As Disney fans, we’re bound to attach reverence to the old, the vintage, the iconic. Just look at the mixed response from fans when the Twilight Zone Tower of Terror was rebranded as Guardians of the Galaxy; Mission Breakout.
One of the most interesting and mysterious attractions in Walt Disney World history is Discovery Island. It stands shoulder to shoulder with other forgotten attractions like the abandoned water park; Disney’s River Country and the rejected land of Beastly Kingdom within Disney’s Animal Kingdom. Discovery Island is one of those enticing and nostalgic pieces of Disney history that begs to be revisited.
What is Discovery Island?
Located in Walt Disney World’s Bay Lake, Discovery Island is a large landmass that has been a part of the resort’s history since it began life as the Experimental Prototype City of Tomorrow, way back when Walt’s mind was on urban living, not theme parks. It is entirely isolated and can only be reached by boat.
Prior to its purchase by Disney, it was a hunting retreat and had been known as both ‘Raz Island’ and ‘Idle Bay Isle’. The latter was owned by an eccentric man named Nick Nicholson who lived there with his pet crane.
When Walt died in 66′ and the focus returned to resorts and theme parks, what was then named ‘Riles Island’ was transformed into an attraction with a pirate theme named (what else); Treasure Island. It opened in 1974; three years after the launch of Walt Disney World.
The attraction could be reached by shuttle boat and was designed to entertain guests for about half a day. The island contained a shipwreck, treasure, caves, and other pirate themed paraphernalia for guests to enjoy.
Two years later in 1976, the island was renamed Disney’s Discovery Island. The mouse thought the island needed a facelift, and its focus changed. Now Discovery Island was a tropical paradise; a nature preserve where guests could observe rare flora and fauna.
The new island was a haven for all kinds of animals including rare species and exotic birds like bald eagles and vultures. It would’ve been quite something to be able to walk along the Discovery Island trial and observe these creatures in their natural habitat.
So what happened?
In three words; Disney’s Animal Kingdom. After this revolutionary safari-meets theme park launched in 1998, Discovery Island became superfluous. All of the animals were relocated, the exits were sealed and every shop, attraction, and pit-stop were closed. The island was left completely abandoned and forgotten and closed for good on April 8th, 1998 on its 25th birthday.
Amazingly, it was at one point considered to be transformed into Myst Island, as Disney considered teaming up with the developers of the video game of the same name to transform it into an interactive Disney property, perhaps one day part of a wider Myst-themed park.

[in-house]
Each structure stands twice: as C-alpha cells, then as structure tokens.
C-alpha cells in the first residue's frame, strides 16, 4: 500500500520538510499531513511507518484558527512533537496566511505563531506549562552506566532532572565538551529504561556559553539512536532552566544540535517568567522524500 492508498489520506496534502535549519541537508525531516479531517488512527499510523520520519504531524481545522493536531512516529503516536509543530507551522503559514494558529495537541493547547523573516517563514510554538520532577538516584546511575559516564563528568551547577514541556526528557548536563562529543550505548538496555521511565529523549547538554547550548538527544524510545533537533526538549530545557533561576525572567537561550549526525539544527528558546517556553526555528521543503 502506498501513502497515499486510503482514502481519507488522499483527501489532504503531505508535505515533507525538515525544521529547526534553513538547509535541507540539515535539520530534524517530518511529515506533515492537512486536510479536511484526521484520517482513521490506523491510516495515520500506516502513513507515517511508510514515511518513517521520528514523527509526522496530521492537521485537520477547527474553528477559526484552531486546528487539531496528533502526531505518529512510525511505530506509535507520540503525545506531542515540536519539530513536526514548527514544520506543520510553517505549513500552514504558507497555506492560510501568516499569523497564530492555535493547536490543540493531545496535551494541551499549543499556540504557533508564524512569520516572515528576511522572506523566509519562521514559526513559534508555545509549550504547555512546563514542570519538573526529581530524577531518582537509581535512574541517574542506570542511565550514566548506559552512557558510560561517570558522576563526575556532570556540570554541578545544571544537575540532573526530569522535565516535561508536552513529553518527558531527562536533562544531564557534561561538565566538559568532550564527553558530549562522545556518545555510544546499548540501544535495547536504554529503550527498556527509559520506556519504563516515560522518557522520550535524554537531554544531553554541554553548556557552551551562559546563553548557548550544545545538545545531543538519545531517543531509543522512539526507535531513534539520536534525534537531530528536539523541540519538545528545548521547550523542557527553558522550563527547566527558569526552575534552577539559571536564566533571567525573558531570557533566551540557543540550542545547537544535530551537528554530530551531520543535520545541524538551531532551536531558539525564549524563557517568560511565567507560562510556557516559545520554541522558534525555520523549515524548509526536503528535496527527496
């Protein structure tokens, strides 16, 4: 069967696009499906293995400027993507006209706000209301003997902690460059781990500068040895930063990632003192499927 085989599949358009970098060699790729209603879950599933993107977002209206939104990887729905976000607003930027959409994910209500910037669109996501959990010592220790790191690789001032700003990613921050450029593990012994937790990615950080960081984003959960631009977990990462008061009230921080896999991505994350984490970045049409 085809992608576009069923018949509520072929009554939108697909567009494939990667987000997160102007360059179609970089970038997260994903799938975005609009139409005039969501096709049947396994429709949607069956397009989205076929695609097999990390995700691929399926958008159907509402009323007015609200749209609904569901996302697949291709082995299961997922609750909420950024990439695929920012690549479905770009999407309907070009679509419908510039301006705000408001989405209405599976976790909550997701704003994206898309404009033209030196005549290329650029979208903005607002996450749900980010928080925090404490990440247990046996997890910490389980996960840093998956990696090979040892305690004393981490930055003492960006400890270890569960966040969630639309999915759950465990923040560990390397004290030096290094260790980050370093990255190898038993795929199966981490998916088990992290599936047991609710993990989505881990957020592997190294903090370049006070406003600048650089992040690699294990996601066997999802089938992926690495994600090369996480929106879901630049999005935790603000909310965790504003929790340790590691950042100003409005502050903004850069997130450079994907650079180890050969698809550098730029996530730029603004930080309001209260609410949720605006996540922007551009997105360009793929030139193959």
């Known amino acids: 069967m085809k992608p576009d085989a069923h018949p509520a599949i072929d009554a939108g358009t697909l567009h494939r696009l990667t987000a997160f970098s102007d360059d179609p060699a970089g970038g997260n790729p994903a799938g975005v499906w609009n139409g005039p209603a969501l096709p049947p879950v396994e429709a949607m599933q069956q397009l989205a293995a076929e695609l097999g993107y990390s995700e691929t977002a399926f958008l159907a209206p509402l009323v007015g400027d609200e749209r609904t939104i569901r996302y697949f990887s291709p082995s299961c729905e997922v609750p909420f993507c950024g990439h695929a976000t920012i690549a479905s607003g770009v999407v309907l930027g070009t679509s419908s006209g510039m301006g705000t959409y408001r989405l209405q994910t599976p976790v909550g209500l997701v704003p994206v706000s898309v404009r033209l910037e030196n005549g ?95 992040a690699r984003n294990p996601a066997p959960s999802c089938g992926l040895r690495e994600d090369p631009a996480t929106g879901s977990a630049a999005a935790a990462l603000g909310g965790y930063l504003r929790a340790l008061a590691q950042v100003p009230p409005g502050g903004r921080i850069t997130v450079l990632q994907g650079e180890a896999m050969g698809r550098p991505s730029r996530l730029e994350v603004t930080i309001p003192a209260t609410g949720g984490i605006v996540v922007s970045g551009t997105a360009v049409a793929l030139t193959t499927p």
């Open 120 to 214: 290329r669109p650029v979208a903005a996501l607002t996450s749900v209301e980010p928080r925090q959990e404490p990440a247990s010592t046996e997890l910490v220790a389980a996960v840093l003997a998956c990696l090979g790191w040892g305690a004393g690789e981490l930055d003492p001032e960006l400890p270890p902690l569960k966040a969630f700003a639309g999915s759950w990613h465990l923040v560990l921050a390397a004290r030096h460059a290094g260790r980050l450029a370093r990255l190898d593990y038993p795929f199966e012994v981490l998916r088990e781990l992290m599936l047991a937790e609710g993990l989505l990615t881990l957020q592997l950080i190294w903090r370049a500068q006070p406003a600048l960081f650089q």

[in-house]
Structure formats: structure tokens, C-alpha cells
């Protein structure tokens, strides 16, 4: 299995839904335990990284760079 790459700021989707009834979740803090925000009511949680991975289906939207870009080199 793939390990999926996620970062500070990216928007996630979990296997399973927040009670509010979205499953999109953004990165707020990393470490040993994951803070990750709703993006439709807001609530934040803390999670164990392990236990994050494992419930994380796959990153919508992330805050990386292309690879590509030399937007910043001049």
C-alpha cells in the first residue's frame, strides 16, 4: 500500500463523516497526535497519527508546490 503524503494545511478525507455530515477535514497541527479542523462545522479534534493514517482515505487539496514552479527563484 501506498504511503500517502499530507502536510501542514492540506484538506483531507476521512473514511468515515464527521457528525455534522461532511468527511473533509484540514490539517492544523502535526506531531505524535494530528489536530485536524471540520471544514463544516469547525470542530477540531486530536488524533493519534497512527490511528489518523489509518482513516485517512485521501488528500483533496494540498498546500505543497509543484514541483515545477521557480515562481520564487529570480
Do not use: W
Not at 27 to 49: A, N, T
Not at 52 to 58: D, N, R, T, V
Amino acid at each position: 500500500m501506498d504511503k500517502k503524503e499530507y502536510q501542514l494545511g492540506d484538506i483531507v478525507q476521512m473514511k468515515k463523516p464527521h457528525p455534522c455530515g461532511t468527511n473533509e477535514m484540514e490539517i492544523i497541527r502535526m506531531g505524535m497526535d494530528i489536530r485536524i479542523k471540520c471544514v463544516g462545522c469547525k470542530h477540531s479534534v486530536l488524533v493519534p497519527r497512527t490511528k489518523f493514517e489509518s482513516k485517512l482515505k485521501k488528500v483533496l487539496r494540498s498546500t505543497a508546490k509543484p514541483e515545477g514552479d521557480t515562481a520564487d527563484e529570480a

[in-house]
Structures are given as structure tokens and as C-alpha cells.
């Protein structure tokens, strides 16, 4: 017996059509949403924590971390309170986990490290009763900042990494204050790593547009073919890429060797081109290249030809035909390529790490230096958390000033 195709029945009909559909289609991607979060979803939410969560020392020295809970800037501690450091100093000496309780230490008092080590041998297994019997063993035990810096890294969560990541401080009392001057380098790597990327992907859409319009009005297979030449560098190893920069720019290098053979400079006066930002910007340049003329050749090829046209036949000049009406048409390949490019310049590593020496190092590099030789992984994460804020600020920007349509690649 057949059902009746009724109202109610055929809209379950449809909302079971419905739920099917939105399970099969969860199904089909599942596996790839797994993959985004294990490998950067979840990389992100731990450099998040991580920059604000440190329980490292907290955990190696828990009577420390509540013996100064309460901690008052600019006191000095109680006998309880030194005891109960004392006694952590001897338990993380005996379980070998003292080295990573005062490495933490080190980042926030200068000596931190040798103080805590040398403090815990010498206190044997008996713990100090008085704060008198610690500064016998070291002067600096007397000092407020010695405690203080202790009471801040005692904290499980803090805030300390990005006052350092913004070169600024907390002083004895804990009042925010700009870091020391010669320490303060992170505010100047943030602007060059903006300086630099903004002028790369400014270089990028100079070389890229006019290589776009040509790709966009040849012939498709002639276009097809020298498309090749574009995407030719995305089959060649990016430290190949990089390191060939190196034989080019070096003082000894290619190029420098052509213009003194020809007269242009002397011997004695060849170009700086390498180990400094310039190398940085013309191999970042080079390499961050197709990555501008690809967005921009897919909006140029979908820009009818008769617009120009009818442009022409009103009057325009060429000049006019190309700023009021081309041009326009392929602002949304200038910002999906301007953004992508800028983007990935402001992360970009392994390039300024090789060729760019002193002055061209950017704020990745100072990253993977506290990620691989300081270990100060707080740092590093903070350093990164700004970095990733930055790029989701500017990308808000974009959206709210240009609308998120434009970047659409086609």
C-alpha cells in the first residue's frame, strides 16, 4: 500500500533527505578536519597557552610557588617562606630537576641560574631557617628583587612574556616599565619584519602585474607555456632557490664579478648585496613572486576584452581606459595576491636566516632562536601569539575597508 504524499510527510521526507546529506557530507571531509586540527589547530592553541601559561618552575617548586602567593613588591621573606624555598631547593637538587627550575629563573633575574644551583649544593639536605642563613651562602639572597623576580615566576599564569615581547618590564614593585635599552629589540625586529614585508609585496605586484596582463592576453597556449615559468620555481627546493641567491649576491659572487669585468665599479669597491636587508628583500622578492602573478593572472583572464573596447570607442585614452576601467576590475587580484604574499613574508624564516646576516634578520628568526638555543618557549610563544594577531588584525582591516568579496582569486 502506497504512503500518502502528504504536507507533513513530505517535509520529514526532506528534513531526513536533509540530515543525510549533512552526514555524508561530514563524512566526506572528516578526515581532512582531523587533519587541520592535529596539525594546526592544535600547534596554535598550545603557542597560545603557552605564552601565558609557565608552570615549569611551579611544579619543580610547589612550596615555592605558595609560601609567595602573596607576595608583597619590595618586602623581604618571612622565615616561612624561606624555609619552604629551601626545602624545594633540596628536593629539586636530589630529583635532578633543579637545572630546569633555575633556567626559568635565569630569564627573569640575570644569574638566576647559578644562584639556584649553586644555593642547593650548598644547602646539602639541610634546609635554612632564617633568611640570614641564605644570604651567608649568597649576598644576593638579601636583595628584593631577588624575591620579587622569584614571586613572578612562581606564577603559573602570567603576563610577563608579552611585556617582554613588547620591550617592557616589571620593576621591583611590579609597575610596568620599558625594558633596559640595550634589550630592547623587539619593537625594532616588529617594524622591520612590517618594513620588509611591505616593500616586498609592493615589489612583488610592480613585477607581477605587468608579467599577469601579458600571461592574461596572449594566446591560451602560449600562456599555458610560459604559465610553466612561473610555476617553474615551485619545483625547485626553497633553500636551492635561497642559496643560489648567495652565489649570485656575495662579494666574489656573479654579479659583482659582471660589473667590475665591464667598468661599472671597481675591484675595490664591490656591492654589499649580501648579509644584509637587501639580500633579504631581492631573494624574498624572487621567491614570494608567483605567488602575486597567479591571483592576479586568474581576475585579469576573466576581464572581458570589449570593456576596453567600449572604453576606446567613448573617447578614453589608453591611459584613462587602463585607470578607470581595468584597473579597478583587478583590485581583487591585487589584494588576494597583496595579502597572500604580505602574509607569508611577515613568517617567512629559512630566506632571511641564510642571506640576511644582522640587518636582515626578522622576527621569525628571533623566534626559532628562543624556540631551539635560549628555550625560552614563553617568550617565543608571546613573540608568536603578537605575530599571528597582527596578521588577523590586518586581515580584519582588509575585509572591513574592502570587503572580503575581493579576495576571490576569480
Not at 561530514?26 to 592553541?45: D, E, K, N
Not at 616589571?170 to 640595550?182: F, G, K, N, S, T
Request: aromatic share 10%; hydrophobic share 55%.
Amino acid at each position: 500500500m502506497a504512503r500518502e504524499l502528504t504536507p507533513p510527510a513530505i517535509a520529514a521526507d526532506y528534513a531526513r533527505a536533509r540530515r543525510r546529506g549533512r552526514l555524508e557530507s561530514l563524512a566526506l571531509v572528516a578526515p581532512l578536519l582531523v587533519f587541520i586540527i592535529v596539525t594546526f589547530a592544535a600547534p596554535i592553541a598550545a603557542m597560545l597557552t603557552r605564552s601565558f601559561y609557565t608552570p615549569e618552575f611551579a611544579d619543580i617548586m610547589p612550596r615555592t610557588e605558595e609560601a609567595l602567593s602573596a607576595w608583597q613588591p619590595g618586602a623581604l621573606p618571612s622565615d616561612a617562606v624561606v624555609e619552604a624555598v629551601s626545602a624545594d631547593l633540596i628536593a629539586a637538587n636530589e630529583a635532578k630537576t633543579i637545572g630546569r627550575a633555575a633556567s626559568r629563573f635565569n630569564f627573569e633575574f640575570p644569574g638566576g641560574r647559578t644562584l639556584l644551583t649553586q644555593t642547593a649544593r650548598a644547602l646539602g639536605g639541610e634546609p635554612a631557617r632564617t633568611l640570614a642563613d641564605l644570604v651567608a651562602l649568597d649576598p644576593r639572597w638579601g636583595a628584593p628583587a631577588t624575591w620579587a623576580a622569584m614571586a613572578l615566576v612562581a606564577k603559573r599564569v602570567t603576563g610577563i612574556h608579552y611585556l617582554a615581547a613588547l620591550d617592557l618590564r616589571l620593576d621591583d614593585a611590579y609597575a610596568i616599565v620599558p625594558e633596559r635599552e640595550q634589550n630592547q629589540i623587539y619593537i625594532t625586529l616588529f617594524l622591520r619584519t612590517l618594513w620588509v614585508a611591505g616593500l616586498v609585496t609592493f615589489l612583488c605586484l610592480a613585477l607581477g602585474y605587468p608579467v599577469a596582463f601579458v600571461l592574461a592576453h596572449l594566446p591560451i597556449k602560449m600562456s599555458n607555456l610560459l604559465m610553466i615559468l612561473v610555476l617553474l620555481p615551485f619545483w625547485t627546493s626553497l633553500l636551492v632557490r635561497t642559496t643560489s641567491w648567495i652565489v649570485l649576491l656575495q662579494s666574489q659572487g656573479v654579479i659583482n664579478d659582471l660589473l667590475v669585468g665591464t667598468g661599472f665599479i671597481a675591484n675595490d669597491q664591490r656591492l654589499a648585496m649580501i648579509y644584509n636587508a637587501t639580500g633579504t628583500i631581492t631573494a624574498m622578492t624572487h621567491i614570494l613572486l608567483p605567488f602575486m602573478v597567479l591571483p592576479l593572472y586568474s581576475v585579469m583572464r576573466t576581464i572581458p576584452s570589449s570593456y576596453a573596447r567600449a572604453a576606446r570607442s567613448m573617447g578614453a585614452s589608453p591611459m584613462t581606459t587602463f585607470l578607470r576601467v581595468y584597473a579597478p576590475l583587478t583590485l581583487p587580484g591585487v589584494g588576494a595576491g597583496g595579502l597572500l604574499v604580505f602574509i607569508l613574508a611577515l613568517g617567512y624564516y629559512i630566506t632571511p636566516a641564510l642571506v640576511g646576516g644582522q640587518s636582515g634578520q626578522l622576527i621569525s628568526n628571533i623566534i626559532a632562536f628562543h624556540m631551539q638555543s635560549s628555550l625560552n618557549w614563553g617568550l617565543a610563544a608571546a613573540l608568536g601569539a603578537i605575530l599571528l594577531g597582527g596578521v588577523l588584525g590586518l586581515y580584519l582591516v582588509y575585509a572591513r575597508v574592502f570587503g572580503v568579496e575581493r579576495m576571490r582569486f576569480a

What is on Discovery Island now?
Bar an overgrown mass of wildlife? Not much. The buildings are surprisingly un-demolished, though most have been consumed by the wildlife. There have been sightings of fresh coke cans and other contemporary litter, and urban explorers (read: trespassers) are surprisingly common. Disney has been tight-lipped on the state of the island, though rumors of re-development have been circling for years.
Sadly our only glimpse the island is gleaned from said urban explorers who illegally break into the site and take footage. What they capture doesn’t show much, with the exception of the occasional artificial light or fence that suggests that staff still occasionally check in.
You can still see it from a distance, with the best views coming from Disney’s Contemporary Resort and Wilderness Lodge. The abandoned Disney’s River Country is also a mere 600ft from the island.
In theory, you could rent a kayak or motorized boat from Fort Wilderness to explore Bay Lake for yourself to get a closer look. Make sure you don’t dock at the island though, as it is sealed off and exploration is completely forbidden.
This isn’t just because it’s an out of use attraction that embarrasses Disney; its health and safety standards are not maintained for guest use (obviously). So don’t be a dingus; watch it from afar.
Legacy and Future
Discovery Island was an iconic part of the Walt Disney World resort for 25 years. It even marked the last sighting of the now-extinct Dusky Seaside Sparrow and was a fan favorite of many early patrons.
Personally, I find it fascinating that such a well-loved attraction just sits there, slowly being taken over by nature. I would love to one day see Discovery Island re-opened. Wouldn’t it be an awesome spot for a new hotel? Or maybe a Jungle Book or Tarzan themed attraction? Discovery Island begs for a new lease of life as a Safari Village or trail attraction.
Either way, there’s no word on the future of Discovery Island right now. It seems that Disney has no plans to develop or re-model it any time soon. Youtuber Bright Sun Films spoke to a Cast Member who said that any Disney employee caught on the island will be dismissed on the spot; Disney officials are serious about security.
All of this just adds to the mystery. Why not just strip the island of its buildings and features? Or why not re-work it altogether?
Whatever the case, Disney’s Discovery Island is an interesting bit of forgotten Walt Disney World history. It’s fascinating to find Disney parks like this abandoned island that have been left to rot. It’s mad that this forgotten land sits comparatively close to the Magic Kingdom, in Bay Lake, totally forgotten.
All that remains now is its name. Discovery Island is appropriately a part of Disney’s Animal Kingdom and home of the Tree of life, an ironic and perhaps fitting end for this forgotten zoological park.
Did you visit Discovery Island in its prime? Does it have a place in Walt Disney World now that Animal Kingdom exists? Let us know what you think of this abandoned Disney island in the comments below.